Aerial view of Salt River Bay.
Aerial view of Salt River Bay. St. Croix, United States Virgin Islands. Credit: Mr. Sean Linehan, NOAA, NGS, Remote Sensing

The MPA Center, EBM Tools Network (co-coordinated by OCTO and NatureServe), MPA News and OpenChannels sponsor a monthly webinar series focused on building and strengthening MPA networks. Miss a recent webinar? See the archive.

Watch this site for additional information on upcoming MPA Center Webinars.

Coral reef eco-evolutionary dynamics: Adaptation and connectivity in MPA networks under future climate change

Date/Time: Thursday, February 25, 1 pm US EST / 10 am US PST / 6 pm UTC

Speaker: Helen Fox of Coral Reef Alliance
Lisa McManus of University of Hawaiʻi at Mānoa
Lukas DeFilippo of University of Washington School of Aquatic and Fishery Sciences and NOAA Alaska Fisheries Science Center

While coral reefs face mounting threats, many coral populations are already well adapted to conditions unfavorable to the average coral (e.g., high temperatures, low pH, poor water quality). With the goal of better understanding the drivers of persistence and adaptive capacity and the role of management and MPAs, we developed a general eco-evolutionary framework to explore the influence of network structure and spatial management on a metapopulation's adaptive response to temperature increase. This framework was applied to coral populations in the Caribbean, Southwest Pacific, and Coral Triangle to determine the characteristics of individual reefs that lead to persistence or decline under climate scenarios and test the efficacy of spatial management strategies (MPAs) in these three regions. We also used eco-evolutionary simulations to explore scenarios of coral propagation, transplantation, and assisted evolution and identified potential benefits and risks of these interventions. We find that corals' vulnerability to climate change depends strongly on assumptions of their standing genetic variation, which determines the potential for an evolutionary response. One implication of this work is that MPA networks can promote persistence by protecting coral populations adapted to diverse environments so that corals with evolutionarily favored traits reproduce and spread throughout reef networks.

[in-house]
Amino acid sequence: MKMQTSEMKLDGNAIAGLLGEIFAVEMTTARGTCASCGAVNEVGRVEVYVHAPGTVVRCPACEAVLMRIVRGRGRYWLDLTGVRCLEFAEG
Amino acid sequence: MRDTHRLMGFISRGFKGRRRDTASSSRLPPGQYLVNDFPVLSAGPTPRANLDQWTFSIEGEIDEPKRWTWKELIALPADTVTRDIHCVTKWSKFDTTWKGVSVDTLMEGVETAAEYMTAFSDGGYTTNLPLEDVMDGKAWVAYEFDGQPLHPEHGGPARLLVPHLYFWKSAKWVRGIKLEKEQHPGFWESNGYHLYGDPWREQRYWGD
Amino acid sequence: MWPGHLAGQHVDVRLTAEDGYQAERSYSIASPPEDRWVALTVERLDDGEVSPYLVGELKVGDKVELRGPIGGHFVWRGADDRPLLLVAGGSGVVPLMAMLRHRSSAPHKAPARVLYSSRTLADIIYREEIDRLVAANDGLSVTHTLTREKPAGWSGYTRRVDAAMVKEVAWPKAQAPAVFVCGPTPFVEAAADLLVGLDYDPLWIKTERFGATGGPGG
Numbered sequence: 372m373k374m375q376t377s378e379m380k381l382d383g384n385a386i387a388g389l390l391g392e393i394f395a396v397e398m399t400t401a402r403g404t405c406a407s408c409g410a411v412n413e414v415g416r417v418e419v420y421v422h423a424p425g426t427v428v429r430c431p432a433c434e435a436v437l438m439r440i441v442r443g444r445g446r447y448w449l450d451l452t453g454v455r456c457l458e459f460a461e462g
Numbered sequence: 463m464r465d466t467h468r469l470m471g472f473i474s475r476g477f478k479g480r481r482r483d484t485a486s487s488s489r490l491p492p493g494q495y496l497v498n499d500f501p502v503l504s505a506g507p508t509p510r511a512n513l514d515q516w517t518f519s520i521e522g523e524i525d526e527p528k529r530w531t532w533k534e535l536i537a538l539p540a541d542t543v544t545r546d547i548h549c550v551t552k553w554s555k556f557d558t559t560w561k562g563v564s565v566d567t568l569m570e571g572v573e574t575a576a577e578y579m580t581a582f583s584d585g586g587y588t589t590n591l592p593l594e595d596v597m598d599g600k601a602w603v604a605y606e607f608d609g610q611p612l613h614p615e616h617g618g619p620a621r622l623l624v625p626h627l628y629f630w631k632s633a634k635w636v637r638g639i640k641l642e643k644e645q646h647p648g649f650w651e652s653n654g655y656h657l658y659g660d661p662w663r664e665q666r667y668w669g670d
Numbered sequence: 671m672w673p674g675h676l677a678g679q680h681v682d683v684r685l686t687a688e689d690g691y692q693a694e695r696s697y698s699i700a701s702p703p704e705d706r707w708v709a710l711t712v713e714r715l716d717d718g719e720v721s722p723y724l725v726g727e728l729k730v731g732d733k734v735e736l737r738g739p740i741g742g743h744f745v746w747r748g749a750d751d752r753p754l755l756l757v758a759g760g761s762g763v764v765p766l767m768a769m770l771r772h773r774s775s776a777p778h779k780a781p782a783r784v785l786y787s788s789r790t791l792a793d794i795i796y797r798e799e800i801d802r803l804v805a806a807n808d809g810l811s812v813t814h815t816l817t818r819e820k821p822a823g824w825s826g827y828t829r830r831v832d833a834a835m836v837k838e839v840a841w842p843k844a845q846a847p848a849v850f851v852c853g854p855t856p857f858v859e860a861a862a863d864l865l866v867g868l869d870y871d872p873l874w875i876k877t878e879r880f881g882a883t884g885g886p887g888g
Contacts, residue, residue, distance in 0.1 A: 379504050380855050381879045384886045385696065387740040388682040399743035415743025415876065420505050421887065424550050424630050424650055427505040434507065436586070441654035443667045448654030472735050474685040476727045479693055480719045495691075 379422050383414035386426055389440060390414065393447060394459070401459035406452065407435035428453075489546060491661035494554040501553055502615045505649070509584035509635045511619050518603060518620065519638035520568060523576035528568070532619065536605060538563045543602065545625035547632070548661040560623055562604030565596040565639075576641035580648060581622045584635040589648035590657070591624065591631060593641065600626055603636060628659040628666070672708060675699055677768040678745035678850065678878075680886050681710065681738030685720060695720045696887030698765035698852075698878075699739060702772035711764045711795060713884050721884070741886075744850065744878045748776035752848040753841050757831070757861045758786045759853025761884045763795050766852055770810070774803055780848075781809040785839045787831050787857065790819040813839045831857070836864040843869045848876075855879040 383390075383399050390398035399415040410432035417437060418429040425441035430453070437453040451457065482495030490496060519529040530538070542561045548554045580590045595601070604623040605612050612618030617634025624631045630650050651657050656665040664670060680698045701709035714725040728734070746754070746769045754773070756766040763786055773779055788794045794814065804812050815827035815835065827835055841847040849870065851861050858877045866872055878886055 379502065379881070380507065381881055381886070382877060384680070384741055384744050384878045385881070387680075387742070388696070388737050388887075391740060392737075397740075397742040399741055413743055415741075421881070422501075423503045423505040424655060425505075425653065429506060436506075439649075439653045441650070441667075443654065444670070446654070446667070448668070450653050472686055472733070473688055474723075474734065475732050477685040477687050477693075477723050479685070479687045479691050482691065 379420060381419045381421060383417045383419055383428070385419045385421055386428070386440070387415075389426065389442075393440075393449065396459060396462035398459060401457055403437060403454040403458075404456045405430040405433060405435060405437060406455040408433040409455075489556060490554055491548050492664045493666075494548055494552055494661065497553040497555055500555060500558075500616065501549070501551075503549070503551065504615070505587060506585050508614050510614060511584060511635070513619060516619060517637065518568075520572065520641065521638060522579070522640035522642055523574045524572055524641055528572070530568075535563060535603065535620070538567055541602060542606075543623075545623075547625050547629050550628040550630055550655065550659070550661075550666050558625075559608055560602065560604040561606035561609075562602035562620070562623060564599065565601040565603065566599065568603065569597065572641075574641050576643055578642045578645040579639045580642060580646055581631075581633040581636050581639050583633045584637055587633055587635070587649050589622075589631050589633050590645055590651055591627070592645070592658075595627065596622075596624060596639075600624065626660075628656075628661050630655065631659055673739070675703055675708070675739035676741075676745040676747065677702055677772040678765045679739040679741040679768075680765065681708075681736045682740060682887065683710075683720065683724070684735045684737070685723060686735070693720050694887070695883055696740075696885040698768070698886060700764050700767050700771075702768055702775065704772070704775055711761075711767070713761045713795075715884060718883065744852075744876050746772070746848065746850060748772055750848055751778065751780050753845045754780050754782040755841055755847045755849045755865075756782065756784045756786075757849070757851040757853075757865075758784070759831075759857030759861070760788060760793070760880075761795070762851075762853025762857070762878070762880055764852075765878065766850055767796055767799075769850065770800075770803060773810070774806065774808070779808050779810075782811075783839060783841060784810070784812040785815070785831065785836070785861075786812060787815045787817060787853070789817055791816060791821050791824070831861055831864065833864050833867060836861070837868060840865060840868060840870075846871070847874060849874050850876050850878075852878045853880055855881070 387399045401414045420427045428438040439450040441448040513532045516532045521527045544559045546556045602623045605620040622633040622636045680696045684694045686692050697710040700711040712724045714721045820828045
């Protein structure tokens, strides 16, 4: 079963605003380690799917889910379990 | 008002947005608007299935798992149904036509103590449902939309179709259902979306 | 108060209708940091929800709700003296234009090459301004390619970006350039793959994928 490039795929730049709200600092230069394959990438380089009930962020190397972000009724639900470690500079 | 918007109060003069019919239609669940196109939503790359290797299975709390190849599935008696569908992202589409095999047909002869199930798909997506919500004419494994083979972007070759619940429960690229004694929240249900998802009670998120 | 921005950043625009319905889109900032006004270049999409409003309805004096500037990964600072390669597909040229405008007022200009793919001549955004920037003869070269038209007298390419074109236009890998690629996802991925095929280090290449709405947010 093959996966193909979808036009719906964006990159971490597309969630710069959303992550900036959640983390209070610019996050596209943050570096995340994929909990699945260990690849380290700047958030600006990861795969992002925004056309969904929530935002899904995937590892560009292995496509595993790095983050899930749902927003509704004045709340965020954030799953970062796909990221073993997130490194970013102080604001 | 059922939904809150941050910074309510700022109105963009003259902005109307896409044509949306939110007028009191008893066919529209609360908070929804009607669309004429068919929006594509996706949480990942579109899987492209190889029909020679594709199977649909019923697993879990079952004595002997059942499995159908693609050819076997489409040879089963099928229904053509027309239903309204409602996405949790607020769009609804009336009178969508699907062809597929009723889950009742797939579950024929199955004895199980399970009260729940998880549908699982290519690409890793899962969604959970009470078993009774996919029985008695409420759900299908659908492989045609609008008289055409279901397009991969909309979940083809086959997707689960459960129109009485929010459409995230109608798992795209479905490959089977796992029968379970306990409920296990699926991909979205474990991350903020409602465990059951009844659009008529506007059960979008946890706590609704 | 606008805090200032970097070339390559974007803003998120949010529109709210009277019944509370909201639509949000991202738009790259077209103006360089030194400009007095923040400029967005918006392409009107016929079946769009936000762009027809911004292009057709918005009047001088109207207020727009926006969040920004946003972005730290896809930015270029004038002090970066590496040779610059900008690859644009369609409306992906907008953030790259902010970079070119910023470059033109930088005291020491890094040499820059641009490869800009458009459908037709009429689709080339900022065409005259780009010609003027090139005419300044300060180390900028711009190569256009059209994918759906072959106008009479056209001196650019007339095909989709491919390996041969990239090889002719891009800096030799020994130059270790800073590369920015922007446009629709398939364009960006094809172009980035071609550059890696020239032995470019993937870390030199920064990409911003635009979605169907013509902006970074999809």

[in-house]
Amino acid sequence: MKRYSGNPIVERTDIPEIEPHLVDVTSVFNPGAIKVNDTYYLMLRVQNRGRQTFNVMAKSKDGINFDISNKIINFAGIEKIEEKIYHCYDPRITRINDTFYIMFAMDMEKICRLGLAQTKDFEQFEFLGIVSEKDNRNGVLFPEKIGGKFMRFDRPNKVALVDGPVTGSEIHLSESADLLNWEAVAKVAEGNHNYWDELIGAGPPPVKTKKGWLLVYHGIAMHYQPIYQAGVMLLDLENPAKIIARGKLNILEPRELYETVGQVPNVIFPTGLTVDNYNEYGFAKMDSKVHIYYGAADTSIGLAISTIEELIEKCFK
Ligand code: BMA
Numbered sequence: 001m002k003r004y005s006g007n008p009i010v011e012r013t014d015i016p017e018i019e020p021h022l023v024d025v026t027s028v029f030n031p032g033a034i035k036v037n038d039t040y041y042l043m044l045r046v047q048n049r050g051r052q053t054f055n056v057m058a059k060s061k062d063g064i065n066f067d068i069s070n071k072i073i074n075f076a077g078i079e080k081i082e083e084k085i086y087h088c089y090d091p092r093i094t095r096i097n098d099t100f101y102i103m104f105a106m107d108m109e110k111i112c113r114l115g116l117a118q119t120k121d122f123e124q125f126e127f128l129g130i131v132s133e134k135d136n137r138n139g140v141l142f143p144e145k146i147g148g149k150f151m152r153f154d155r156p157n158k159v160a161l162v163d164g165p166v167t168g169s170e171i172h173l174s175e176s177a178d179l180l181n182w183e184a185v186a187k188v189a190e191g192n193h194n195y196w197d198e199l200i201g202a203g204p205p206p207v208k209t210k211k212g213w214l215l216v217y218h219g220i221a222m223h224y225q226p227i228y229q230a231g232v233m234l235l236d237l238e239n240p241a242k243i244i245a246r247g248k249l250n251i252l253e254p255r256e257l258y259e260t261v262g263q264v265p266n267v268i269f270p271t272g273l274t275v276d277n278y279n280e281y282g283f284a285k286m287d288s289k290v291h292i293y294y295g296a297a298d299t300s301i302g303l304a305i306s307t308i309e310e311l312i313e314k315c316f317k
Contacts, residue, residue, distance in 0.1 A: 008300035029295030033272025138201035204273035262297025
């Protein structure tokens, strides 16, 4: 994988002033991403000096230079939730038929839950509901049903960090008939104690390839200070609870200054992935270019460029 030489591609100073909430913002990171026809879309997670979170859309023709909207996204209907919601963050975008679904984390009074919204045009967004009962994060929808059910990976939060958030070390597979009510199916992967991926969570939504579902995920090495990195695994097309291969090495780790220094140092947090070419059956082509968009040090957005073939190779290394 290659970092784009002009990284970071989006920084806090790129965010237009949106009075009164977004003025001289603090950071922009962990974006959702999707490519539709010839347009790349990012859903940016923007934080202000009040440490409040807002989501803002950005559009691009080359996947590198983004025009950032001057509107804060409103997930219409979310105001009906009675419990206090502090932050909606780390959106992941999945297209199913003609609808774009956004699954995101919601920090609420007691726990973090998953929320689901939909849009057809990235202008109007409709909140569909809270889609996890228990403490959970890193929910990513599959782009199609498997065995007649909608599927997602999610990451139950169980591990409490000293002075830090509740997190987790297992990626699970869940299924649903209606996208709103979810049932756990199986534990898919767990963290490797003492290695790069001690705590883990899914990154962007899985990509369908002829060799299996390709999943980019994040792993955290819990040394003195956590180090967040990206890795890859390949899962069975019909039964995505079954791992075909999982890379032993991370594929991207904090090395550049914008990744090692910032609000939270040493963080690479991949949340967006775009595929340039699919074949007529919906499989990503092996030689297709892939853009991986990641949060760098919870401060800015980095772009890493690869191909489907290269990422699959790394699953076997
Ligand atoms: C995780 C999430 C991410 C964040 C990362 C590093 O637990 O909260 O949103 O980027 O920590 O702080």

Co-sponsors: NOAA National MPA Center and OCTO (MPA News, OpenChannels, EBM Tools Network)


Planning Ocean Uses in 3D

Date/Time: Wednesday, March 3, 1 pm US EST / 10 am US PST / 6 pm UTC